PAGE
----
To those who have mastered their personal computing universe, few things are as unsettling as a desktop makeover. But that's the course ahead for Pinellas public schools, and teachers can take solace from the fact that a computer switch will likely save money for their classrooms in the long run.
The Apple Macintosh computers that have long been a fixture in education are having problems competing these days. In American schools, where Apple had invested so much in marketing, the computers' share has dropped from 37 to 26 percent in just three years, according to Quality Education Data. In the overall computer desktop market, their share has plummeted in the past decade from 20 to 3 percent.
That's one reason Al Swinyard, Pinellas assistant superintendent for management information systems, decided it was time to pull the plug. Windows-based personal computers offer basically the same software capabilities and generally at a lower price. The district also found that maintaining two different types of computers is inefficient - especially whem most of the world uses the other type. "If we could focus on one area (as) opposed to two, we'd be better off," he told a reporter.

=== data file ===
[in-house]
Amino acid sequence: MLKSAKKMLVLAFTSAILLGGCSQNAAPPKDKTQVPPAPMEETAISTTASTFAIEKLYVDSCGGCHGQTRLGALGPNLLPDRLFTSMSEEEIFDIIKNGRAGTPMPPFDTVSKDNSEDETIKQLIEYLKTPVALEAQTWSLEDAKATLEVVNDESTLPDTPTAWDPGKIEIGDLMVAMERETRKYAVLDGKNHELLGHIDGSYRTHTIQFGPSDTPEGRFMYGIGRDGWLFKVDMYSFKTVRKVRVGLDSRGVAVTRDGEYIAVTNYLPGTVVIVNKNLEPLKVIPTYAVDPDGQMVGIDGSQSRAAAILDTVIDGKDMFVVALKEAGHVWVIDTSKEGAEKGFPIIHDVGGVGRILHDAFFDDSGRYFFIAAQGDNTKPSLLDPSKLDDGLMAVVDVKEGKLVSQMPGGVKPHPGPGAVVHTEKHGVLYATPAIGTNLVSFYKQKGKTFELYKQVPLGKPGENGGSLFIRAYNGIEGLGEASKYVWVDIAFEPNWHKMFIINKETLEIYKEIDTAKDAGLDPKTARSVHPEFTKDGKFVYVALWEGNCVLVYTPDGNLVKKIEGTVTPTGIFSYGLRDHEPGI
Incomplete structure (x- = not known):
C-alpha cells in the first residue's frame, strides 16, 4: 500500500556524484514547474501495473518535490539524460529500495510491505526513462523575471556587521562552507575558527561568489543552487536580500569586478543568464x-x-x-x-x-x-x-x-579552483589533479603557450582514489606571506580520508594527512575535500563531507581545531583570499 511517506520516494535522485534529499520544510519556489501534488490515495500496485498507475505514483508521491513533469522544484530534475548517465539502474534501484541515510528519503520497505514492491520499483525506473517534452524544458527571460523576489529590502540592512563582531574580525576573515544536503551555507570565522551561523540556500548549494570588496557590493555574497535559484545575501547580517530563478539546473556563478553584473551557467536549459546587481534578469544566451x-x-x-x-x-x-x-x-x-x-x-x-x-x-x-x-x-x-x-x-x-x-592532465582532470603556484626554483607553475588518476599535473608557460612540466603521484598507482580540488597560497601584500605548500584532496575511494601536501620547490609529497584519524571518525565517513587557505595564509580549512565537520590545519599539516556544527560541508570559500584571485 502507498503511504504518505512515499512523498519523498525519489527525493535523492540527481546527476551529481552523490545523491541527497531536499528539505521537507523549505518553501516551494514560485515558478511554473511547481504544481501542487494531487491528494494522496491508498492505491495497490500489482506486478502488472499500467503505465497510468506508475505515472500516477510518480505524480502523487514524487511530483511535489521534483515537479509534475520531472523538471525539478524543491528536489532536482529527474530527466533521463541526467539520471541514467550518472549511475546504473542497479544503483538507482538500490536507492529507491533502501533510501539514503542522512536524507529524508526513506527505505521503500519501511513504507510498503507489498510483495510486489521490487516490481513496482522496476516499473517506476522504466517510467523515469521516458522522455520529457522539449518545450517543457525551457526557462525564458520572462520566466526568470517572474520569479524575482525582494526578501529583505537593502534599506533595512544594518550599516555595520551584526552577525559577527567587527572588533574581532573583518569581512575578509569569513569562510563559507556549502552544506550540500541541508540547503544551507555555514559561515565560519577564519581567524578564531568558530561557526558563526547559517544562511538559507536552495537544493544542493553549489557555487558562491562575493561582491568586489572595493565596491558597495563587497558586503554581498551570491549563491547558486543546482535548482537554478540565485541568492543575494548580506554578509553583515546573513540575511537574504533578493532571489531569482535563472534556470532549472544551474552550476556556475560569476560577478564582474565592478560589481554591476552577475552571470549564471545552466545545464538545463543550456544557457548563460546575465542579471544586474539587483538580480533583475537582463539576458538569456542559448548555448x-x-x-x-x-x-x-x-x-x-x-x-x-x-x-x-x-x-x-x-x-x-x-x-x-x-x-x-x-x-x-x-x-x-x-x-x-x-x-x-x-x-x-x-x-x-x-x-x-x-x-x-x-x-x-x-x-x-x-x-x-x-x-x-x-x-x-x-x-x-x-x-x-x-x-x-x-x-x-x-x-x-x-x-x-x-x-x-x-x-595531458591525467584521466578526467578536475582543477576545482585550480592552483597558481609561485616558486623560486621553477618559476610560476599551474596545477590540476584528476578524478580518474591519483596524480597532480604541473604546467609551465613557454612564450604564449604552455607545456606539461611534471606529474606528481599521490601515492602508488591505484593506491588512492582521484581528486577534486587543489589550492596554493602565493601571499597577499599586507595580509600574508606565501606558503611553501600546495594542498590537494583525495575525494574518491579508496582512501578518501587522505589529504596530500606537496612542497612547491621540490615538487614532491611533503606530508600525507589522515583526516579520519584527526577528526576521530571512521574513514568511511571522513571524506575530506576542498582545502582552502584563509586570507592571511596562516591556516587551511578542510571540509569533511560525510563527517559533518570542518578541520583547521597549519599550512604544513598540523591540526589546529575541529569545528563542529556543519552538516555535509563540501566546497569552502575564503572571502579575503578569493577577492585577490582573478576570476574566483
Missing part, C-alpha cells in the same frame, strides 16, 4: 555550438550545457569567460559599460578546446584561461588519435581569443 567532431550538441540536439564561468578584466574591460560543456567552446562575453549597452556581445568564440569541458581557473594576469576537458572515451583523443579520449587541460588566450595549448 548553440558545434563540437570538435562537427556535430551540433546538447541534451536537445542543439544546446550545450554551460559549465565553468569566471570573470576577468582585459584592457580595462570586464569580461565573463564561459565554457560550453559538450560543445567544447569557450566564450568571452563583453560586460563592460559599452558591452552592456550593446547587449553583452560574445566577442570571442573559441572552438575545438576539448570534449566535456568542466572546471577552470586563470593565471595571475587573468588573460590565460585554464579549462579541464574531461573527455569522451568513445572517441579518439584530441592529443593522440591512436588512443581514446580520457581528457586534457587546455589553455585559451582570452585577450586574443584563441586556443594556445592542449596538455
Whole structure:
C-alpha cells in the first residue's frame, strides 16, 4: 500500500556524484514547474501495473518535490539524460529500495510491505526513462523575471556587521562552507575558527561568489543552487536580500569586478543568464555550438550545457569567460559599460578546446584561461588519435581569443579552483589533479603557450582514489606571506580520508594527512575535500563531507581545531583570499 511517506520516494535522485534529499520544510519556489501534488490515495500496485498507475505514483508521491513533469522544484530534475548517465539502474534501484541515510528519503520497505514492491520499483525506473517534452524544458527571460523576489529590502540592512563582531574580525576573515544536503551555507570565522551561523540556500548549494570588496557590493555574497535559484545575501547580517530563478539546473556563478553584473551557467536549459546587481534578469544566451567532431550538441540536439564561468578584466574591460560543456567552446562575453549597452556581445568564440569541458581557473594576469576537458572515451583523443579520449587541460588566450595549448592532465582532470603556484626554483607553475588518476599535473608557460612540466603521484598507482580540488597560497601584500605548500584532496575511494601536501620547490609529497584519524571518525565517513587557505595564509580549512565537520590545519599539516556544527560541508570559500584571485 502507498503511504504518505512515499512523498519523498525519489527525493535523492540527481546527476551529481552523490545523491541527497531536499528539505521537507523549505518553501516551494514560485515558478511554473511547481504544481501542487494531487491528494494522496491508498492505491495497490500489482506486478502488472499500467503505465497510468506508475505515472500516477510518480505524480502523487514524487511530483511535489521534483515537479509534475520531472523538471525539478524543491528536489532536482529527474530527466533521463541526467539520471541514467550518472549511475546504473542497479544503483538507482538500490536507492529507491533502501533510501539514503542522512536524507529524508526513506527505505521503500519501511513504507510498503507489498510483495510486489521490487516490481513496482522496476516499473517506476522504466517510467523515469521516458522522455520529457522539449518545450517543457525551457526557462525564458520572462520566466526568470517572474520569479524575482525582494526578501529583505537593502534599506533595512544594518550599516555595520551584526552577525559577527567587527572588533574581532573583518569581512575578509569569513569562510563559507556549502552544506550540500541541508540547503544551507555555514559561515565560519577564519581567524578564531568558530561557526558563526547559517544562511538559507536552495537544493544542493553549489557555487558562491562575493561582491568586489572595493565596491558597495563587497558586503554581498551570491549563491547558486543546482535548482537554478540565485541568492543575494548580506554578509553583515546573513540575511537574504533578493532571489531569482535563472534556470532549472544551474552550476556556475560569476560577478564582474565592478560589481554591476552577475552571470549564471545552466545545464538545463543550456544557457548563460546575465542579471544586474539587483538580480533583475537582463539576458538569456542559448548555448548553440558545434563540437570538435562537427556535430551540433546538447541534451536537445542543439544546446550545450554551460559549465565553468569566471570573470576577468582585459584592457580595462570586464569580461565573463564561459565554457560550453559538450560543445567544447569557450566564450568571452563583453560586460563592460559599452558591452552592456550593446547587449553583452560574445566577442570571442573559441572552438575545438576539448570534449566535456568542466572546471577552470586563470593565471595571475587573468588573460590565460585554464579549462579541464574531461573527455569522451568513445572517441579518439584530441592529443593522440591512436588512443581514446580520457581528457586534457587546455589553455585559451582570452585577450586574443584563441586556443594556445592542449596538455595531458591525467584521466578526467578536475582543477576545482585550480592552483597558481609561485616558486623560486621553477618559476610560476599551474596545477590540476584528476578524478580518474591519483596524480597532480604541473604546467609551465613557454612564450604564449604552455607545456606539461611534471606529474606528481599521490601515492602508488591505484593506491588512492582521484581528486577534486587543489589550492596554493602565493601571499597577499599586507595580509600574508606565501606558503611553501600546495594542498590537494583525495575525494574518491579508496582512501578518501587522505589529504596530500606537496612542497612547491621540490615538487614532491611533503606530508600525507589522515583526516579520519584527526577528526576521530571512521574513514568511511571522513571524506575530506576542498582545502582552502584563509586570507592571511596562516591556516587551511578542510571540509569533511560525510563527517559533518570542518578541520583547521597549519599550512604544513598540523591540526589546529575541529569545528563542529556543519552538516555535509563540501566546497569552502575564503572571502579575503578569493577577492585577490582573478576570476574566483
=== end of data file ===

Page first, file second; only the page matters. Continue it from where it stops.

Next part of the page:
Gary Beach, publisher of CIO Magazine, recently described the larger transformation to Education Week. "There's a lot of Apple Macintosh loyalists in education. But it's not a question of heart, but of wallet."
Pinellas is going slow with the switchover, which makes sense. It won't be ripping out any new computers and forcing teachers tomake an immediate change. But the change is inevitable. A third of the district's computers are Windows-based already, and most of the business technology courses use them because they represent the market students will face in the work world. They are also the computer most of the students see in their own homes. As the computing universe changes, so must school desktops.